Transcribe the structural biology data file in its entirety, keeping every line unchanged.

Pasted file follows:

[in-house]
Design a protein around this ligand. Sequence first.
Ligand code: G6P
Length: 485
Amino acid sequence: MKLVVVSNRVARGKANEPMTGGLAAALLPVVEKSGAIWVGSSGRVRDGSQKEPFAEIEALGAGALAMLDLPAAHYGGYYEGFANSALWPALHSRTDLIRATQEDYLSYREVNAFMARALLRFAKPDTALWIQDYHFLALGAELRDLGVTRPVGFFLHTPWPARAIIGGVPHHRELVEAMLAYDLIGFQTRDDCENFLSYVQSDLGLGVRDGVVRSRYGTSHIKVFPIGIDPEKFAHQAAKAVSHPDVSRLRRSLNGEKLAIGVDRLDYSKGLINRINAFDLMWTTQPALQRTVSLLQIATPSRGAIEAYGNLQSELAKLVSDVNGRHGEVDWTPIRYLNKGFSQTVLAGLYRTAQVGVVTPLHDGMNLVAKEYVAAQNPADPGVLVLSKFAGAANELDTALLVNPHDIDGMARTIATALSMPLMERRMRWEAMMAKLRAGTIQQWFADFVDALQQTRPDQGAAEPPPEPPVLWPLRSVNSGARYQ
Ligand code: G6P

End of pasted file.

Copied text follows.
[in-house]
Design a protein around this ligand. Sequence first.
Ligand code: G6P
Length: 485
Amino acid sequence: MKLVVVSNRVARGKANEPMTGGLAAALLPVVEKSGAIWVGSSGRVRDGSQKEPFAEIEALGAGALAMLDLPAAHYGGYYEGFANSALWPALHSRTDLIRATQEDYLSYREVNAFMARALLRFAKPDTALWIQDYHFLALGAELRDLGVTRPVGFFLHTPWPARAIIGGVPHHRELVEAMLAYDLIGFQTRDDCENFLSYVQSDLGLGVRDGVVRSRYGTSHIKVFPIGIDPEKFAHQAAKAVSHPDVSRLRRSLNGEKLAIGVDRLDYSKGLINRINAFDLMWTTQPALQRTVSLLQIATPSRGAIEAYGNLQSELAKLVSDVNGRHGEVDWTPIRYLNKGFSQTVLAGLYRTAQVGVVTPLHDGMNLVAKEYVAAQNPADPGVLVLSKFAGAANELDTALLVNPHDIDGMARTIATALSMPLMERRMRWEAMMAKLRAGTIQQWFADFVDALQQTRPDQGAAEPPPEPPVLWPLRSVNSGARYQ
Ligand code: G6P